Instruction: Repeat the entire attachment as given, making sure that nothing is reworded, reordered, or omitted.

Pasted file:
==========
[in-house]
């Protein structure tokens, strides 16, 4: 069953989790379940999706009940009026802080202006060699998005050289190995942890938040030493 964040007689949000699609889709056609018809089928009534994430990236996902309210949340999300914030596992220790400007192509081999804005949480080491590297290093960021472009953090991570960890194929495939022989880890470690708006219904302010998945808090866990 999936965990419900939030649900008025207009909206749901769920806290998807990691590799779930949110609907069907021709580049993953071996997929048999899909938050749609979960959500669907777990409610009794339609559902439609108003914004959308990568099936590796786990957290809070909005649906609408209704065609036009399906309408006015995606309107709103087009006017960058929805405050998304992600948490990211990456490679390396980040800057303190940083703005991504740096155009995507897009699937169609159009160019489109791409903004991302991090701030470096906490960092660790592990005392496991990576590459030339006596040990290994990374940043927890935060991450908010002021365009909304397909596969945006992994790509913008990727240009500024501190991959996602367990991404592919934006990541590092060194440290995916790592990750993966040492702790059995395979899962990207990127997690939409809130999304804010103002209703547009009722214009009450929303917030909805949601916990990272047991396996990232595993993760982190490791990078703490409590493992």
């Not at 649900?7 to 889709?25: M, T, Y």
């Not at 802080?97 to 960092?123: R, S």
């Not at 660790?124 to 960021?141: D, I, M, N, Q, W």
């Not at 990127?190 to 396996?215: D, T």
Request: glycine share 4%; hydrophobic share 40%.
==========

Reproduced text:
[in-house]
């Protein structure tokens, strides 16, 4: 069953989790379940999706009940009026802080202006060699998005050289190995942890938040030493 964040007689949000699609889709056609018809089928009534994430990236996902309210949340999300914030596992220790400007192509081999804005949480080491590297290093960021472009953090991570960890194929495939022989880890470690708006219904302010998945808090866990 999936965990419900939030649900008025207009909206749901769920806290998807990691590799779930949110609907069907021709580049993953071996997929048999899909938050749609979960959500669907777990409610009794339609559902439609108003914004959308990568099936590796786990957290809070909005649906609408209704065609036009399906309408006015995606309107709103087009006017960058929805405050998304992600948490990211990456490679390396980040800057303190940083703005991504740096155009995507897009699937169609159009160019489109791409903004991302991090701030470096906490960092660790592990005392496991990576590459030339006596040990290994990374940043927890935060991450908010002021365009909304397909596969945006992994790509913008990727240009500024501190991959996602367990991404592919934006990541590092060194440290995916790592990750993966040492702790059995395979899962990207990127997690939409809130999304804010103002209703547009009722214009009450929303917030909805949601916990990272047991396996990232595993993760982190490791990078703490409590493992």
């Not at 649900?7 to 889709?25: M, T, Y």
């Not at 802080?97 to 960092?123: R, S």
């Not at 660790?124 to 960021?141: D, I, M, N, Q, W």
């Not at 990127?190 to 396996?215: D, T």
Request: glycine share 4%; hydrophobic share 40%.